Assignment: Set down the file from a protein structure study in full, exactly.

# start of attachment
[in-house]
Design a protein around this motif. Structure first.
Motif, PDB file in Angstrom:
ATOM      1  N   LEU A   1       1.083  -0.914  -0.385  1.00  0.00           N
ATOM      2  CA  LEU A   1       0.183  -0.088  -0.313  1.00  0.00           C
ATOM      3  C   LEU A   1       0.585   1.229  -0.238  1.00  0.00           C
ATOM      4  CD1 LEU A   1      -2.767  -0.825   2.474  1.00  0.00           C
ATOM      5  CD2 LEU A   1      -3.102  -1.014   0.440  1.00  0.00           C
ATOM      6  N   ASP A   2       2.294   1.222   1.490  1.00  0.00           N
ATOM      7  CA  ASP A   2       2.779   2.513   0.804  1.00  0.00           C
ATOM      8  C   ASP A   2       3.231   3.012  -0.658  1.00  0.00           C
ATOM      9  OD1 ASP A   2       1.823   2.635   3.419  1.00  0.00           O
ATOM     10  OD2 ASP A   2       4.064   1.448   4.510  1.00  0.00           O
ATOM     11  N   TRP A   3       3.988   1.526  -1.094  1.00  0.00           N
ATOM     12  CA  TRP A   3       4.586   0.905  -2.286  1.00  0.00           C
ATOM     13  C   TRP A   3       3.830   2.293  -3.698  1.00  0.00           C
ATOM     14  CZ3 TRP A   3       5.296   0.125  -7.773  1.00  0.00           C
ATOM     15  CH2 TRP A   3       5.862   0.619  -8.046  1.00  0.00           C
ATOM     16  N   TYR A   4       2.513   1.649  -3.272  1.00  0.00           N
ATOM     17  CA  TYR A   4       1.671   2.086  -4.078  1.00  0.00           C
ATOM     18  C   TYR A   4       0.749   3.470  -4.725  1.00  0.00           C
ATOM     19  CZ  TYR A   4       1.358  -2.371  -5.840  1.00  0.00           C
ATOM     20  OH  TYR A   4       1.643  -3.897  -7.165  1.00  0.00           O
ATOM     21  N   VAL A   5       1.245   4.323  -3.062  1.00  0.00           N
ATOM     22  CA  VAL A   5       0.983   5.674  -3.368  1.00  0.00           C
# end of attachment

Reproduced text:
[in-house]
Design a protein around this motif. Structure first.
Motif, PDB file in Angstrom:
ATOM      1  N   LEU A   1       1.083  -0.914  -0.385  1.00  0.00           N
ATOM      2  CA  LEU A   1       0.183  -0.088  -0.313  1.00  0.00           C
ATOM      3  C   LEU A   1       0.585   1.229  -0.238  1.00  0.00           C
ATOM      4  CD1 LEU A   1      -2.767  -0.825   2.474  1.00  0.00           C
ATOM      5  CD2 LEU A   1      -3.102  -1.014   0.440  1.00  0.00           C
ATOM      6  N   ASP A   2       2.294   1.222   1.490  1.00  0.00           N
ATOM      7  CA  ASP A   2       2.779   2.513   0.804  1.00  0.00           C
ATOM      8  C   ASP A   2       3.231   3.012  -0.658  1.00  0.00           C
ATOM      9  OD1 ASP A   2       1.823   2.635   3.419  1.00  0.00           O
ATOM     10  OD2 ASP A   2       4.064   1.448   4.510  1.00  0.00           O
ATOM     11  N   TRP A   3       3.988   1.526  -1.094  1.00  0.00           N
ATOM     12  CA  TRP A   3       4.586   0.905  -2.286  1.00  0.00           C
ATOM     13  C   TRP A   3       3.830   2.293  -3.698  1.00  0.00           C
ATOM     14  CZ3 TRP A   3       5.296   0.125  -7.773  1.00  0.00           C
ATOM     15  CH2 TRP A   3       5.862   0.619  -8.046  1.00  0.00           C
ATOM     16  N   TYR A   4       2.513   1.649  -3.272  1.00  0.00           N
ATOM     17  CA  TYR A   4       1.671   2.086  -4.078  1.00  0.00           C
ATOM     18  C   TYR A   4       0.749   3.470  -4.725  1.00  0.00           C
ATOM     19  CZ  TYR A   4       1.358  -2.371  -5.840  1.00  0.00           C
ATOM     20  OH  TYR A   4       1.643  -3.897  -7.165  1.00  0.00           O
ATOM     21  N   VAL A   5       1.245   4.323  -3.062  1.00  0.00           N
ATOM     22  CA  VAL A   5       0.983   5.674  -3.368  1.00  0.00           C